Since the Answer I gave to the hon. Member on 21st November, 1961, tenders have been issued to a value of £456,500 for exchange equipment, and £700,000 for telephone apparatus. Of those on which adjudication has been completed, tenders to a value of £134,500 for exchange equipment and £83,000 for telephone apparatus have been declined on grounds of price. Contracts to a value of £8,500 have been placed for telephone apparatus. The remainder of the tenders to a value of nearly £1 million are under consideration.

This is a favourable trend. May I take it that the Postmaster-General is making an earnest attempt to broaden the field of supply and that, in accordance with the Third Report of the Public Accounts Committee, he may eventually terminate the ring system?

The Post Office is now, I think for the first time, taking serious advantage of the 10 per cent. reservation clauses. I hope that by so doing we shall infuse an element of competition into our arrangements which will be to the economic advantage of the Post Office and of the taxpayers.

Telephone Installations (Charges)


asked the Postmaster-General how many maximum charges of £10 for installing new telephones and how many lower charges have been made in the years 1958, 1959, 1960, and 1961.

Can my hon. Friend tell me how many charges under £5 are imposed for installing telephones? Or are money matters of no account to the Post Office?

One and three-quarter million lines have been connected since 1st January, 1958. The difficulty is that it would take an enormous amount of money and labour to analyse these figures in the way that my hon. Friend would like. We have to have an estimation of the work which is done because we feel that in that way we can ensure the most economical working of all our manpower.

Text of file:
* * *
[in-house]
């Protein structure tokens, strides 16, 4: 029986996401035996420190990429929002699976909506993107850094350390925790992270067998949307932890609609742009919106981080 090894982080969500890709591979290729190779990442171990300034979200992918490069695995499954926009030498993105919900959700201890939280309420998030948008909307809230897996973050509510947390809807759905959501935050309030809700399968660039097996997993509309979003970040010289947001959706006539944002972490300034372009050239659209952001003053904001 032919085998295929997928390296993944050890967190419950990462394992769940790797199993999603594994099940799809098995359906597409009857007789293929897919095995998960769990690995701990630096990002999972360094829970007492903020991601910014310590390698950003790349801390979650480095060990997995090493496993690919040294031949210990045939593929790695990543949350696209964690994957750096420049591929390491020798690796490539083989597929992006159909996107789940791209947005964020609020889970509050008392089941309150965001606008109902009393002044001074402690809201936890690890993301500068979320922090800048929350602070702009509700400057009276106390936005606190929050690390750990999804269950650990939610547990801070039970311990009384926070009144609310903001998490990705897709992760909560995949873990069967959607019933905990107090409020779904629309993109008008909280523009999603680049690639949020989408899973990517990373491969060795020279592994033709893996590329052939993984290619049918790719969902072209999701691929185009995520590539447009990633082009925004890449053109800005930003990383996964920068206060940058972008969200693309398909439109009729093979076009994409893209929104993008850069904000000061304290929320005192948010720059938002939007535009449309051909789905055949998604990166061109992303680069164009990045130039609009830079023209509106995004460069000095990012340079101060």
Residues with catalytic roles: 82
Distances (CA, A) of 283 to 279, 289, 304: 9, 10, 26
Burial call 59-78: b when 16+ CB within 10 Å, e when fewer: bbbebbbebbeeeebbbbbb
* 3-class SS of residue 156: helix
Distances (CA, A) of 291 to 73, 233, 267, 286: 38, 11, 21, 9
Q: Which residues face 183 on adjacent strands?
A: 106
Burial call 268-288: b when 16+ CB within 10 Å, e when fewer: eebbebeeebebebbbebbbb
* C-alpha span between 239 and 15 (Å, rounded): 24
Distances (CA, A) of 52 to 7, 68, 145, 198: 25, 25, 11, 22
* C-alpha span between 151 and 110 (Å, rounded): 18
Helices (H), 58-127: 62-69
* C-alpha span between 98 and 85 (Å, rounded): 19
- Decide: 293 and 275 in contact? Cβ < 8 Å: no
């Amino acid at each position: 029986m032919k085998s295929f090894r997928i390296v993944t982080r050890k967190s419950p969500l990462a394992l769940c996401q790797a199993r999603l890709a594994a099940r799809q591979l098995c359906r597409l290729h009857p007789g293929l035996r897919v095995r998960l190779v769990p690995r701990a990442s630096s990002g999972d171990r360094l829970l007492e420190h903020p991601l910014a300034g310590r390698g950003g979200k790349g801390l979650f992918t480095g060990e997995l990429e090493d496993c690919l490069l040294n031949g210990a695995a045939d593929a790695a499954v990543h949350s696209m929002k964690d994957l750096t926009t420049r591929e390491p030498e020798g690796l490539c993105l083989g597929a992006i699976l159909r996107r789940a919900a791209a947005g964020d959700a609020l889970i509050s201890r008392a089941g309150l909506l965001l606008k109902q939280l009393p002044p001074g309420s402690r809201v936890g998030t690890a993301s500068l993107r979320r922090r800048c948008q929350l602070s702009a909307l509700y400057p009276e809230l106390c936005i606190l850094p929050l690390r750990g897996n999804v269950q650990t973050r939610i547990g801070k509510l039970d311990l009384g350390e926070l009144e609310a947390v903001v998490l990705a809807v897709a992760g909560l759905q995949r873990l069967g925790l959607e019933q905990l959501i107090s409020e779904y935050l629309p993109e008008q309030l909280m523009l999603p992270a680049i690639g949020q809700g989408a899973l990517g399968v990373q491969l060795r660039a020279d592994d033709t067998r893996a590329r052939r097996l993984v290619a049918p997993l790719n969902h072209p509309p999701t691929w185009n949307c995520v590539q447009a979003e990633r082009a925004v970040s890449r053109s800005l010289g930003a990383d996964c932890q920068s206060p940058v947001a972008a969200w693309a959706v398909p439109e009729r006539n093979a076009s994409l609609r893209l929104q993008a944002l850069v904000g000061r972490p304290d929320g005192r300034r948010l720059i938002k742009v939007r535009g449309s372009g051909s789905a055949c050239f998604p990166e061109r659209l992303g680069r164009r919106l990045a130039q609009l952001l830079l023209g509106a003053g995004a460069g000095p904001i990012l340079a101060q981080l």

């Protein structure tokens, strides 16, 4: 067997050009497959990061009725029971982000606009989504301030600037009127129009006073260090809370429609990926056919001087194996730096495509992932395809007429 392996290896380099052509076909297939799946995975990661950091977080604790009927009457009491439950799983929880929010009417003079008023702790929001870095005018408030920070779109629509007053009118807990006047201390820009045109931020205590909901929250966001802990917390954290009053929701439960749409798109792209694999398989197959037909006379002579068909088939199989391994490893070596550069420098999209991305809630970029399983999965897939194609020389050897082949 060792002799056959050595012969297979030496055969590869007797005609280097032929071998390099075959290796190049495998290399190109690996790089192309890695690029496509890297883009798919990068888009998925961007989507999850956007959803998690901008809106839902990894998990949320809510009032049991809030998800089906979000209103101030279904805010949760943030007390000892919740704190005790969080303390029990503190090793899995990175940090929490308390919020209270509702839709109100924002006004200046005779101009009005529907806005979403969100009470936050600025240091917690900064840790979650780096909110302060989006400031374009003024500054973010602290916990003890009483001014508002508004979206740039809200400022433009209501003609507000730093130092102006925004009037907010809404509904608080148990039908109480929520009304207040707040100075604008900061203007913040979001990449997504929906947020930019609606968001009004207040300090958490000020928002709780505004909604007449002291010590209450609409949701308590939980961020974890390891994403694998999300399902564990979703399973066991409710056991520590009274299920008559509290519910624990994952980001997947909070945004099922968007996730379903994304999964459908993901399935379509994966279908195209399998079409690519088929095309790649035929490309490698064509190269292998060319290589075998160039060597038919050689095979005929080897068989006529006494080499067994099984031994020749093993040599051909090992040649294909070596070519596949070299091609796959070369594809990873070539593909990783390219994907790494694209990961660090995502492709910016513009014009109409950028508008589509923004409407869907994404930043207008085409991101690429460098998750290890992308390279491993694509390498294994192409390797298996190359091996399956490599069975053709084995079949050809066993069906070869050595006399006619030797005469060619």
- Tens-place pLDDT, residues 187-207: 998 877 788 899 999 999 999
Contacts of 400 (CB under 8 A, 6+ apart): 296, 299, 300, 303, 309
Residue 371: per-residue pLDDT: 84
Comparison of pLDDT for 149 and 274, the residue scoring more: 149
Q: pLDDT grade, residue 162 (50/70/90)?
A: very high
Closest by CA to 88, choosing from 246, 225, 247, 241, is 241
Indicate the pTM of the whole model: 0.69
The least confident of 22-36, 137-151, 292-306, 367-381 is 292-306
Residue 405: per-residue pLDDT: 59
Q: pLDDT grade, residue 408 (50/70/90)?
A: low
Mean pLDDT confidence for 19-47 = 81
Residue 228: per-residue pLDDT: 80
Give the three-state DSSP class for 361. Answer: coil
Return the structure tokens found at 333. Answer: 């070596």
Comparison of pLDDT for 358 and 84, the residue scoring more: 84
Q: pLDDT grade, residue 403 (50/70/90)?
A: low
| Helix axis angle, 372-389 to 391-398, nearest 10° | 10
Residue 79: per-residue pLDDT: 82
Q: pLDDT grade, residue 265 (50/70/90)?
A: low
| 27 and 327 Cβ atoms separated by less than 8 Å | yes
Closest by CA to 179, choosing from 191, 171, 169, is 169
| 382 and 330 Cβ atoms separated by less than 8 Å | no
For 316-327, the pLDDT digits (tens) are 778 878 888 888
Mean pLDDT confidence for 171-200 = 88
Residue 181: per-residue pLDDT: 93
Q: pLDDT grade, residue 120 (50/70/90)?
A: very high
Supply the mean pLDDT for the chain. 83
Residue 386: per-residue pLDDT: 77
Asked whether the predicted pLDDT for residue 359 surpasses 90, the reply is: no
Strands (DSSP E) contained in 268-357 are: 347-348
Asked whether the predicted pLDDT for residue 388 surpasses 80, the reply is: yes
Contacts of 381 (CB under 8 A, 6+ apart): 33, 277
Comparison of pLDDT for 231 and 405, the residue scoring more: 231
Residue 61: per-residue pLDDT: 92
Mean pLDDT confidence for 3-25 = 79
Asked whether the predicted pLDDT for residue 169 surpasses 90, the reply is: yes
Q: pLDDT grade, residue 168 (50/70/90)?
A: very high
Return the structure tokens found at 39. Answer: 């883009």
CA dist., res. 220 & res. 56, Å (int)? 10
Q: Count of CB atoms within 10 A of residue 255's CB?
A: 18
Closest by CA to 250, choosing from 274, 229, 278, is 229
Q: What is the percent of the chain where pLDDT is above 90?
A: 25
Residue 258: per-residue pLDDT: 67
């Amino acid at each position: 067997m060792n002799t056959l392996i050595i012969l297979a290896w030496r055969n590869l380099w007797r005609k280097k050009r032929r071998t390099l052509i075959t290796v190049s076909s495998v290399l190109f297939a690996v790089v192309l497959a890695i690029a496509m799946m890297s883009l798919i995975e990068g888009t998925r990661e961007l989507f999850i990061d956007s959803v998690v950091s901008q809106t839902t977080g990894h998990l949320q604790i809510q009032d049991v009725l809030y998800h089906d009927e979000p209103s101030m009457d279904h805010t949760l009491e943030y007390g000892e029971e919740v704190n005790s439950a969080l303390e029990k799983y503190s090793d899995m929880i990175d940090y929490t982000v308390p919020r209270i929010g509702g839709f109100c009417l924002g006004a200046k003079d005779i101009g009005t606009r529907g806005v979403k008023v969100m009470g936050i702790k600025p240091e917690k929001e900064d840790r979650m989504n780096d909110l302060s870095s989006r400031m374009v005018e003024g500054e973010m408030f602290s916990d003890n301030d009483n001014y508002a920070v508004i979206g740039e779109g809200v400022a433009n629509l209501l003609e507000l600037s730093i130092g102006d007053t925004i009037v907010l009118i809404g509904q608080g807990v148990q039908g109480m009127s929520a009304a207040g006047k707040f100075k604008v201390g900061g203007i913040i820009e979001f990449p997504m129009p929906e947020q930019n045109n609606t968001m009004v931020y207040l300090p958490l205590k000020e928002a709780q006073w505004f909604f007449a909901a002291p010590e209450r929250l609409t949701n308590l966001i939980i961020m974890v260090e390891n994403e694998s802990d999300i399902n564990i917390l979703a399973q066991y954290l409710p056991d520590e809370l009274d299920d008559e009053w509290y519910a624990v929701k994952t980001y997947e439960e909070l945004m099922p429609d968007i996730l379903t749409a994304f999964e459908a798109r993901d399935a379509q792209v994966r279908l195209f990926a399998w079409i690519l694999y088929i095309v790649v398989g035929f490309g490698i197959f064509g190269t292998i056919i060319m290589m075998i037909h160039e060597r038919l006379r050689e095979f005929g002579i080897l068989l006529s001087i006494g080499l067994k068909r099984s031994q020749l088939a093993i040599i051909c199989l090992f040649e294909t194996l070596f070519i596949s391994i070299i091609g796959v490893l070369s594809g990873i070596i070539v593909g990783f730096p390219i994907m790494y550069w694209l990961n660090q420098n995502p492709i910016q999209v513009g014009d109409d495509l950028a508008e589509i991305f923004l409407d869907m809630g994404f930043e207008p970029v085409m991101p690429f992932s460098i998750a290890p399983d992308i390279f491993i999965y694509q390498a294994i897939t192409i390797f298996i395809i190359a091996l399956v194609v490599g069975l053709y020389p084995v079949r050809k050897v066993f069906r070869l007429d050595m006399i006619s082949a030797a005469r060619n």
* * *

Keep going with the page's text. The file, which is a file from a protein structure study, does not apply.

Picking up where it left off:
New Kiosks


asked the Postmaster-General how many new telephone kiosks will be provided during 1962 in England, Scotland and Wales, respectively.

The current two-year programme for rural kiosks allows for 270 to be provided in England, 33 in Scotland and 40 in Wales. No similar programme is compiled in advance for kiosks in urban areas, but during 1962 I expect about 900 to be erected in England. 100 in Scotland and 50 in Wales.


asked the Postmaster-General if he will publish in the OFFICIAL REPORT a list giving particulars of the new telephone kiosks to be erected in each of the Welsh counties during 1962.

I am circulating in the OFFICIAL REPORT the numbers of kiosks to be erected in Welsh counties under the current two-year programme drawn up in collaboration with the Rural District Councils' Association for kiosks in rural areas. In addition, I expect about ninety kiosks to be erected in urban districts in Wales and the Border counties in 1962.

Will the programme for these two years represent a marked change from that of the previous two years?

I cannot answer that question with precision without notice, but I think that it represents a slight improvement.

In view of the isolation of the people in rural Wales now that the railways are to be closed down and the bus services are closing down, does the Minister realise the added importance of telephone kiosks, in enabling the people to keep in touch with their doctors, and so on?

The Post Office is always very much alive to its responsibilities in rural and scattered areas.

Following is the list: